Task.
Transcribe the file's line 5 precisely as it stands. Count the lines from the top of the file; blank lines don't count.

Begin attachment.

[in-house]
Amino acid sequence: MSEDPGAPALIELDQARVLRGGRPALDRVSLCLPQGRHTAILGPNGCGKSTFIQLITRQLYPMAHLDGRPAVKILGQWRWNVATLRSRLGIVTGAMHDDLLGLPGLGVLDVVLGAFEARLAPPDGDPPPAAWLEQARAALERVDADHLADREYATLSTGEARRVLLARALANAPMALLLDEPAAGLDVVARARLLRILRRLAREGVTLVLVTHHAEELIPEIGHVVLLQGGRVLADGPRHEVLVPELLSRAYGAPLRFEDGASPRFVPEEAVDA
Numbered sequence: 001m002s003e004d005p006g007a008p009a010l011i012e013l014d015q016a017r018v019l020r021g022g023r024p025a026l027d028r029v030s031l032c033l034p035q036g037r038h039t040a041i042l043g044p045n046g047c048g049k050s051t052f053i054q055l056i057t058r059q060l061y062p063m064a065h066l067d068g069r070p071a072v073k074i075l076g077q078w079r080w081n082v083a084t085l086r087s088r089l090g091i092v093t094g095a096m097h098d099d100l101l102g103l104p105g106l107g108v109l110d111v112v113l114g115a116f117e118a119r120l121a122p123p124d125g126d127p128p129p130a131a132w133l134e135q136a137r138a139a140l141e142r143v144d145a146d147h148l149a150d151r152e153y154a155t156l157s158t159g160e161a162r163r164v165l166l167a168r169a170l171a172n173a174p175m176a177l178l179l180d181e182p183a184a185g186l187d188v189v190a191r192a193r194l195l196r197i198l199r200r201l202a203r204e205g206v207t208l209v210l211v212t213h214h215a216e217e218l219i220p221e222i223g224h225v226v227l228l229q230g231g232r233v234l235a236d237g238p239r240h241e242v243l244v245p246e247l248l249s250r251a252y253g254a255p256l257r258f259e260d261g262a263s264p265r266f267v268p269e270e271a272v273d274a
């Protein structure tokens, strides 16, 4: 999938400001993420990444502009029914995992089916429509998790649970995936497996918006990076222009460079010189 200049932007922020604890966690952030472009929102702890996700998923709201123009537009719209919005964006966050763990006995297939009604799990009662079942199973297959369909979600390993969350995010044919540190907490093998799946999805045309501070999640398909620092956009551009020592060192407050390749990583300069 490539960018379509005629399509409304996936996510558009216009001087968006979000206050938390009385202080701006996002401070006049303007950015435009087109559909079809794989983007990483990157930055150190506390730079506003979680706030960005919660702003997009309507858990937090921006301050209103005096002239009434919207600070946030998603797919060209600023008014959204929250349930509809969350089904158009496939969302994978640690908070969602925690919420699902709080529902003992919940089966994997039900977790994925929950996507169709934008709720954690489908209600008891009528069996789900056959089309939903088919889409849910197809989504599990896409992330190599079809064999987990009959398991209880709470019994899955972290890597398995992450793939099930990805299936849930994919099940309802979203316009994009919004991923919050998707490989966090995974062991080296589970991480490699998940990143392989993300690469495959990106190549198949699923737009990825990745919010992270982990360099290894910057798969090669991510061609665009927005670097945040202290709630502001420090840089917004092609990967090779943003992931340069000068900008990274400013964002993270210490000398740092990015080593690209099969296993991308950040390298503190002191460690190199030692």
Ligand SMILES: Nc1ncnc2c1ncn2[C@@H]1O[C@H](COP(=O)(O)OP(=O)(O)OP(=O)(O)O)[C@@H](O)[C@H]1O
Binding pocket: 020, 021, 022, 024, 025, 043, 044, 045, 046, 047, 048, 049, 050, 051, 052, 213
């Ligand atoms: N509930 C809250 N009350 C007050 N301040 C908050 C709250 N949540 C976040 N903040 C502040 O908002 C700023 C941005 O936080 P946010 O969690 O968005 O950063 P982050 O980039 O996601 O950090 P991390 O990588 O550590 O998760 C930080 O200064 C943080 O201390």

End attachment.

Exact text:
Ligand SMILES: Nc1ncnc2c1ncn2[C@@H]1O[C@H](COP(=O)(O)OP(=O)(O)OP(=O)(O)O)[C@@H](O)[C@H]1O